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With Social Security, there are always reasons given to scrap it. Which is the problem. And that’s not an endorsement of Social Security. Quite the opposite.

As evidenced by how massive the financial services industry is, it’s already very apparent that the American people of all ages and economic backgrounds are fully aware of and avail themselves of the myriad services offered. In other words, Americans of wildly disparate financial circumstances long ago moved beyond relying on Social Security as their sole means of retirement.

What the above calls for isn’t Social Security privatization, but freedom from Social Security for those who choose it. If some or many want to opt out of the program in order to be free to plan their retirement without government help, they should be allowed to do just that.

To which privatization proponents have long proposed solutions to enable the opting out. They correctly remind us that over most time horizons the stock market has well out-performed cash and/or Treasuries, so let those who opt out of Social Security direct their 6.2% (along with the 6.2% from employers) into a safe, frequently government-endorsed account. The idea here is let people achieve exposure to equities in a blended account of stocks and bonds that would gradually lean more toward bonds as retirement age inches closer and closer.

The argument is twofold: per the 1960 Supreme Court case Flemming v. Nestor, Americans already don’t explicitly own their Social Security accounts. From there, the policy solution here is to once again “allow” Americans to opt out of what isn’t ownership in favor of ownership of a government-vetted private account. The mistake is in the solution. See above.

As evidenced once again by the massive size of the financial services industry in the U.S., Americans don’t need their hands held on the matter of retirement. They also don’t need to be “allowed” the “right” to opt into private accounts. They get it. Markets are wise, and the marketplace that is the American people is fully aware that private savings with exposure to equities well outperform vanilla investments.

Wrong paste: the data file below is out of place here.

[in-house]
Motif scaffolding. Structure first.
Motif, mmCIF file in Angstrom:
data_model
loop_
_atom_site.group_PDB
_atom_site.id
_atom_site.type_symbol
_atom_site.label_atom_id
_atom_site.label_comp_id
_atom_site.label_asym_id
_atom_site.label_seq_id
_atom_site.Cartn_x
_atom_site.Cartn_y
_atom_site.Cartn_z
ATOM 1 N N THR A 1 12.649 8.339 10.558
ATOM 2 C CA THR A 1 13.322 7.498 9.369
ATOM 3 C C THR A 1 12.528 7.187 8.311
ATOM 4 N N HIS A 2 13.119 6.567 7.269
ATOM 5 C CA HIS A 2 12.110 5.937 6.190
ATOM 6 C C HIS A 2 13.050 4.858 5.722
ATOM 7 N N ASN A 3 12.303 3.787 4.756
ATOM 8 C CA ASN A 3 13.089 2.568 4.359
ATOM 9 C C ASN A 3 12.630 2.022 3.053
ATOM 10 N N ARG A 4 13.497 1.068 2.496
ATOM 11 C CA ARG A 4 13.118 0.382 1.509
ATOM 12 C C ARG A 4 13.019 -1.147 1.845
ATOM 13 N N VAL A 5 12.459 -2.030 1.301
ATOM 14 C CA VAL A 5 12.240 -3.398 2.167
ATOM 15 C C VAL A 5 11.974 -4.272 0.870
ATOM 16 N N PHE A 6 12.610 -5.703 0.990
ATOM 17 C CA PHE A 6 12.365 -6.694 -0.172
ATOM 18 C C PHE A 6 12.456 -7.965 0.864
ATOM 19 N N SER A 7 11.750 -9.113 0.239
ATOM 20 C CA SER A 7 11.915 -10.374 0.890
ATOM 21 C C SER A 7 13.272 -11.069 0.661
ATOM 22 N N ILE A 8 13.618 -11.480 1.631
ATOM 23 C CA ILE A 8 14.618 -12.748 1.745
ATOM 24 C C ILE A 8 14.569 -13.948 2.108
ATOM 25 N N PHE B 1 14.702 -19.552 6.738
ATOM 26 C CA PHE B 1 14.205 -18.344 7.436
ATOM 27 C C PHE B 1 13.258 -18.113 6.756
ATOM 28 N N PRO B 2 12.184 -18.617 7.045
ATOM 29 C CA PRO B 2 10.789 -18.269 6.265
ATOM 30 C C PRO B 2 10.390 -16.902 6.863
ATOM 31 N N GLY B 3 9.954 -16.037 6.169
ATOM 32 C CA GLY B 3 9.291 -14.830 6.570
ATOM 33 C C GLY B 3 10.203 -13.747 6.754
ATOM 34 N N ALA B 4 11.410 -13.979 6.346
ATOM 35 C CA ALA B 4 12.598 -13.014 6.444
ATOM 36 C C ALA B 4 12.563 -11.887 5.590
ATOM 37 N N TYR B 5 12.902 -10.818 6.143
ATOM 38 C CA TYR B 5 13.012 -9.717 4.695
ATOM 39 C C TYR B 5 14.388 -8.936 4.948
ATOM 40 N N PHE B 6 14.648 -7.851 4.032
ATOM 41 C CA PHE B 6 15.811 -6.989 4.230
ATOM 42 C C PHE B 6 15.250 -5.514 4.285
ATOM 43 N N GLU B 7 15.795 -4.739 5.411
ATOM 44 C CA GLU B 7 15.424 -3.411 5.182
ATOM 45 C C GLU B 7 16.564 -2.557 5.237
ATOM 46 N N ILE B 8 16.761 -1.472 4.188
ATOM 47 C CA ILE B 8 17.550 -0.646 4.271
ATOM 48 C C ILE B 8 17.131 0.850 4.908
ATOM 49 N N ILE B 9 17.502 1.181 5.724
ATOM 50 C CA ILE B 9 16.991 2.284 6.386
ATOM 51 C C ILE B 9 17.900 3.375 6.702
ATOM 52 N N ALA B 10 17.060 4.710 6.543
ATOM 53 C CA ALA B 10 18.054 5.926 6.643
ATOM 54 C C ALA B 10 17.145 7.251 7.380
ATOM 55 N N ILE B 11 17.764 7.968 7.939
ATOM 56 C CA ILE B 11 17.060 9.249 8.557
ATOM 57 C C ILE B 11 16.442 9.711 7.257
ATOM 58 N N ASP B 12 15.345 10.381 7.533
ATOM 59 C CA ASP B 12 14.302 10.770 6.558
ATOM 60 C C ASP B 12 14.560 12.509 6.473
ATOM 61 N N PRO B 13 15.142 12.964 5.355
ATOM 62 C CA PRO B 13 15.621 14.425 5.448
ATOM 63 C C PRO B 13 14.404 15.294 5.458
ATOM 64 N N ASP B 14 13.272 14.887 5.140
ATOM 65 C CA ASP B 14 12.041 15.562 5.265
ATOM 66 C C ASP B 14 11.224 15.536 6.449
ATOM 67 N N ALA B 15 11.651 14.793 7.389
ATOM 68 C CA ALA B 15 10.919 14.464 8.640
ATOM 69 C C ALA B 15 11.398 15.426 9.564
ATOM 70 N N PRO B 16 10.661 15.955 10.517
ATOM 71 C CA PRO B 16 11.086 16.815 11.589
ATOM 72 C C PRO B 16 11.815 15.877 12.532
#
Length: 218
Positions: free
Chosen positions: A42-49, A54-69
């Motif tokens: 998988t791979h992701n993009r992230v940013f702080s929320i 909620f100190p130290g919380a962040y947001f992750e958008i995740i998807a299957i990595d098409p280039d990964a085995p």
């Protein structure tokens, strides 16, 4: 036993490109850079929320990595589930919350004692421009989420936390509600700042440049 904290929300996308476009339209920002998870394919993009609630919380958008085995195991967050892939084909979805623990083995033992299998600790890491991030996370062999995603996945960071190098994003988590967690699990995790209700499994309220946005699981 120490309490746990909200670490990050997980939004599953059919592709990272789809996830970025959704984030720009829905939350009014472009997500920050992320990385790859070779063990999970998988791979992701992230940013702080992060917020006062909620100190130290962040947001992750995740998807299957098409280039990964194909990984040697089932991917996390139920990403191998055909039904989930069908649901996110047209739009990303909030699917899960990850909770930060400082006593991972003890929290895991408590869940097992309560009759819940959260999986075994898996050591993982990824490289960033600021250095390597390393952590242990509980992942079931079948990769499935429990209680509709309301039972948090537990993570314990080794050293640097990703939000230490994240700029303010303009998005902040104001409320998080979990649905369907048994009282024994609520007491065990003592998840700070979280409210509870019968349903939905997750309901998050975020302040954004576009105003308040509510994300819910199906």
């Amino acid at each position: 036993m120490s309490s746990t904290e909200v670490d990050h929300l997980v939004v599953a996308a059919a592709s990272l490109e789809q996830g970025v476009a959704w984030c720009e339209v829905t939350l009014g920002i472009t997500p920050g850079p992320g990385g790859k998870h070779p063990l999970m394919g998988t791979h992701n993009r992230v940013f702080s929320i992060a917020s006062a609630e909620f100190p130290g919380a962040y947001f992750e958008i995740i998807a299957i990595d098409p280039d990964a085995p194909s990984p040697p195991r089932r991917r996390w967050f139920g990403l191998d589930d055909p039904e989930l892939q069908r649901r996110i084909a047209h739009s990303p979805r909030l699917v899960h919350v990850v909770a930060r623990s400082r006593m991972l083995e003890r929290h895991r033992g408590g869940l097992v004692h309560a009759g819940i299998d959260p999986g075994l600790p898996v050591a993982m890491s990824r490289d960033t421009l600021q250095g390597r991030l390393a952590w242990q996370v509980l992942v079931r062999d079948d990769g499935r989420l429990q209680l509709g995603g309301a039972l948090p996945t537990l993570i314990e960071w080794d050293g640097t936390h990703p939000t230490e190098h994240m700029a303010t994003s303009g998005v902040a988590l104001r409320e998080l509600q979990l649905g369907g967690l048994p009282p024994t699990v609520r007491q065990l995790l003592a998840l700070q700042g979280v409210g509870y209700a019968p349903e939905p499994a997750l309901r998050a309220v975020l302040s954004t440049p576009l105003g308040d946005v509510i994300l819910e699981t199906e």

Better yet, leaving government out of the investing side frees the freedom-focused in politics from the inevitable replies about equity-accented investing. While it’s certainly true that stocks well outperform cash or bonds over any reasonable time-frame, it’s worth pointing out that in 1966 the Dow Jones Industrial Average reached 1,000, but never rose above 1,000 for good until 1982. Over that sixteen year time-frame, stocks performed terribly in nominal terms, and exponentially worse in a dollar sense given the currency’s sickening decline.

Stocks similarly flatlined to varying degrees in the 21st century. Lest readers forget, the Nasdaq Composite reached 5,000 in March of 2000 ahead of a major decline. It took 15 years for the NASD to rise above where it had been.

These market anecdotes are mentioned to the free thinkers on Social Security as a way of reminding them how inimical policy can be to freedom. With investment returns, and in particular stock market returns, there are always periods that can be used to disprove what’s true. So make the debate about freedom, not numbers.

The simple truth is that freedom is its own brilliant virtue, and it is suffocated when government requires by law that worker and employer alike join forced savings programs. Free people from Social Security because force is wrongheaded, at which point there will be more money for the prudent to direct toward savings if they so choose. The size of the financial services industry along with the genius of compound returns suggests they have and will do so, no coercion required.

John Tamny is editor of RealClearMarkets, Vice President at FreedomWorks, a senior fellow at the Market Institute, and a senior economic adviser to Applied Finance Advisors (www.appliedfinance.com). His latest book is The Money Confusion: How Illiteracy About Currencies and Inflation Sets the Stage For the Crypto Revolution.

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